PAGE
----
In 2008, a new popstar entered the game with a catchy little hit about kissing girls and a retro pin-up aesthetic. She referred to herself as Katy Perry, a half-cute-half-sexy character that looked as though she could be a Hollywood dream but also the first girl you ever shared a milkshake with. She was everything all at once. Confident, but vulnerable. Edgy, but saturated in bubblegum pink. In the same day you could see the star rock a bra shooting whipped cream and a floor-length gown with pearls.
The allure of Katy Perry’s style has always been wondering what she’ll do next. Blue hair? Tick. Vintage 60’s rompers? Tick. A mini dress with spinning peppermint candies strategically placed? Double tick. No matter what the look, it’s always there to send a message. (Take, for example, the time she wore a dress with a smiling Barack Obama printed on it once he’d been elected president). Katy Perry is more than just an artist, she’s an entire idea. And we’ve been living through her experimentation for over a decade.
Take a trip down memory lane with us as we unpack the weird, yet very wonderful, style evolution of Katy Perry.
One of the Boys (2008)
In the beginning, Katy Perry took the whole 60’s dream girl thing as far as it could possibly go. With her shiny black hair and bright red lipstick, she’d don little sundresses and high-waisted shorts and flutter around like she knew you’d be sticking her picture up on your bedroom wall. Like Lilly-Allen-meets-adorable-schoolgirl, it was hard to know whether you found Perry unbelievably sexy or just annoyingly cute. And that’s the brand she rolled with.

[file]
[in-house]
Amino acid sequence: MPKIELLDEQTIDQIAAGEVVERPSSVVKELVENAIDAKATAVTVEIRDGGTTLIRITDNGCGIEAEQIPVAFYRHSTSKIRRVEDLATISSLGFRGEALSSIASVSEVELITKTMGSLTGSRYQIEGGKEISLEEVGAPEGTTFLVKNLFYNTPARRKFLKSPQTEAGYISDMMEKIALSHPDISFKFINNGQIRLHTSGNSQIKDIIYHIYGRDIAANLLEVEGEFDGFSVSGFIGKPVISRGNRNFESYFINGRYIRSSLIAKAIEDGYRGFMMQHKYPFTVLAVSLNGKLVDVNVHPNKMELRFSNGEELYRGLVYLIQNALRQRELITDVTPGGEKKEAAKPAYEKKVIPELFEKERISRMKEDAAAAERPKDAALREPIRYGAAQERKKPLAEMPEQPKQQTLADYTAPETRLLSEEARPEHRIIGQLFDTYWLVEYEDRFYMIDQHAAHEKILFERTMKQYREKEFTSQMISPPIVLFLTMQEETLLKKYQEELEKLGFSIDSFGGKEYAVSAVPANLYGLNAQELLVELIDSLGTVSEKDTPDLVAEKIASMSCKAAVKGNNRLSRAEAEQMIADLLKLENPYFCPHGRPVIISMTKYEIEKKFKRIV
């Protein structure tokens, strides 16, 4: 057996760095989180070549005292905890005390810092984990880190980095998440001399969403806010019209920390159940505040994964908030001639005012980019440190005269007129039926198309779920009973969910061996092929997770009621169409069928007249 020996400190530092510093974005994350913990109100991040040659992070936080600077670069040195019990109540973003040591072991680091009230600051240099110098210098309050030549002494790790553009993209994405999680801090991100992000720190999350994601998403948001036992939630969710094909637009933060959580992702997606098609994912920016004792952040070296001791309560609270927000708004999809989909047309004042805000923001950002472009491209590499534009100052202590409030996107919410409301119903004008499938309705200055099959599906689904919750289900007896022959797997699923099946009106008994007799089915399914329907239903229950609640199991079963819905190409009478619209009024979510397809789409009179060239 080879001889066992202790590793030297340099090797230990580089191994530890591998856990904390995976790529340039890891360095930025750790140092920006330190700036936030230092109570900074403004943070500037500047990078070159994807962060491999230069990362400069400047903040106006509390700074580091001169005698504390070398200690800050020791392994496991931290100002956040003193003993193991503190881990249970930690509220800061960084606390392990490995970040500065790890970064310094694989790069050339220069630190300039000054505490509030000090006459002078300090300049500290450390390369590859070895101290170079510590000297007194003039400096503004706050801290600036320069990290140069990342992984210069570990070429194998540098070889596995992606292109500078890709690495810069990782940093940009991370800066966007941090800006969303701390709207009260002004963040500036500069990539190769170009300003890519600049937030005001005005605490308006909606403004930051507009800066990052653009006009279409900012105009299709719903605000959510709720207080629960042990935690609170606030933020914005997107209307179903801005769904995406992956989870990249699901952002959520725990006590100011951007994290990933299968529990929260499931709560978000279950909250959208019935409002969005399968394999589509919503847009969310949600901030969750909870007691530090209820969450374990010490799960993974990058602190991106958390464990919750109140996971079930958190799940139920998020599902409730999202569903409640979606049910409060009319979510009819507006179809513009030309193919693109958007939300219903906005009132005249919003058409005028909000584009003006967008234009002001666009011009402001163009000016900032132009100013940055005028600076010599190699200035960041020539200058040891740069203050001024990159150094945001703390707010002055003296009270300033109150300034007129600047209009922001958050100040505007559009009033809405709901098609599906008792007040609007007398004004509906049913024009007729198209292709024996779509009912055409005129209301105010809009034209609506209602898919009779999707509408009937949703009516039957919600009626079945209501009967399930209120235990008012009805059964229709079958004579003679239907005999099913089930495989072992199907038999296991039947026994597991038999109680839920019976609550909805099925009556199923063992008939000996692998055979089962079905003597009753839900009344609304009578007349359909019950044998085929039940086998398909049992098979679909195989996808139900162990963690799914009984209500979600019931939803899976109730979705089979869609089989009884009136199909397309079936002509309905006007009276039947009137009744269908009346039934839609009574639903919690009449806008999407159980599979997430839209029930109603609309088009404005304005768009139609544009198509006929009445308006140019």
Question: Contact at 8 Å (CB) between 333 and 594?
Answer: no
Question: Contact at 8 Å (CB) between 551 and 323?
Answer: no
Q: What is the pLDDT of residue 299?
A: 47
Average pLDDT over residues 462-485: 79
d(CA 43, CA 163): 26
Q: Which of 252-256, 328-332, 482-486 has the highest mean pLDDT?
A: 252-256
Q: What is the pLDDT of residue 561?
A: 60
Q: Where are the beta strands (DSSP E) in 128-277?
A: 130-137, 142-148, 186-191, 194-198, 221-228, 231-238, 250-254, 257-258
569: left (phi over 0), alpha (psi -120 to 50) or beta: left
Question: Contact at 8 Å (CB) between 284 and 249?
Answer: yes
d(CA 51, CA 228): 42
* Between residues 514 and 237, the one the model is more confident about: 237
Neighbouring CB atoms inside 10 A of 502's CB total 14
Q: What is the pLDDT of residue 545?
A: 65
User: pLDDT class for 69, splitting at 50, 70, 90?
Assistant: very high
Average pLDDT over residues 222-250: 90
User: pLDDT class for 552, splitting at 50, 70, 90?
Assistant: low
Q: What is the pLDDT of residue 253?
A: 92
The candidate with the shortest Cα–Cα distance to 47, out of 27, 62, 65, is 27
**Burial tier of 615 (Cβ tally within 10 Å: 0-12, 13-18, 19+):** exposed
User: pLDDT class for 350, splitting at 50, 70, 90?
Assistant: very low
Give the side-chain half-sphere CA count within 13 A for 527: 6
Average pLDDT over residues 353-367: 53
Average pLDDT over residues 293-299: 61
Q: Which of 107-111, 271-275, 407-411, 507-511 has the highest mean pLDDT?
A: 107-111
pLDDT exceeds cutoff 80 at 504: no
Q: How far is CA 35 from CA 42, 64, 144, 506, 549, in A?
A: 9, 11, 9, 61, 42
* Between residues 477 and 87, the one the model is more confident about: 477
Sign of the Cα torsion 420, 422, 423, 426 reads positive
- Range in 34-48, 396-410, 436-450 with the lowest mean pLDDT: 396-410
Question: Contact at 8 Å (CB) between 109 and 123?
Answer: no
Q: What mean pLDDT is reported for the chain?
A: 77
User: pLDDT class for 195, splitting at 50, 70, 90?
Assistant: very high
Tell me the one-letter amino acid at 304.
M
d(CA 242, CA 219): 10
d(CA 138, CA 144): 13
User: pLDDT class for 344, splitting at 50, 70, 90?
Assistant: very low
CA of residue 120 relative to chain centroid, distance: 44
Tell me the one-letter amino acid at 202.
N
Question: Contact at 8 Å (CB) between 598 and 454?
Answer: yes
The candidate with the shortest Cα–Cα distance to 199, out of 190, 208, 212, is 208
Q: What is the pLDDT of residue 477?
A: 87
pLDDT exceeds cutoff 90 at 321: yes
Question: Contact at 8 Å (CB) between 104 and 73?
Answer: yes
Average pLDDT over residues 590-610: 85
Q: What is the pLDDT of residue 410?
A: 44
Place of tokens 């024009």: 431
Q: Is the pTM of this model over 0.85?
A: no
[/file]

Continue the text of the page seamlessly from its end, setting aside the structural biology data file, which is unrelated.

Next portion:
Her first studio album with a big label One of the Boys (and first under the pseudonym Katy Perry) aimed to set Perry apart from the rest. It had a familiar pop-rock vibe (not too different from what we’d seen from Gwen Stefani, Fergie and even a 2008 Miley Cyrus) and a stunning array of vulnerable ballads that showed that Perry’s voice was made to fill stadiums. And it cast her dreamlike spell over the world well. It became painfully clear that there wasn’t anyone else like Perry. She’d tug at your heartstrings with deep and powerful love lyrics, then not even a minute later she’d be childishly calling her effeminate ex gay and giggling about kissing another girl. But what else could you really expect from a 23-year-old woman prancing around in comically large hair bows and tutus?
Teenage Dream (2010)
By the time the new decade rolled around, Perry was everywhere. She had put in the groundwork the years prior to build her platform to where she wanted it to be and was now just sitting back and watching it grow. The pin-up aesthetic shifted to, strangely, candy everything. Whether it was pastel colours or literal candy costumes, Perry had a new aesthetic to roll out that only cemented her as more of a popstar.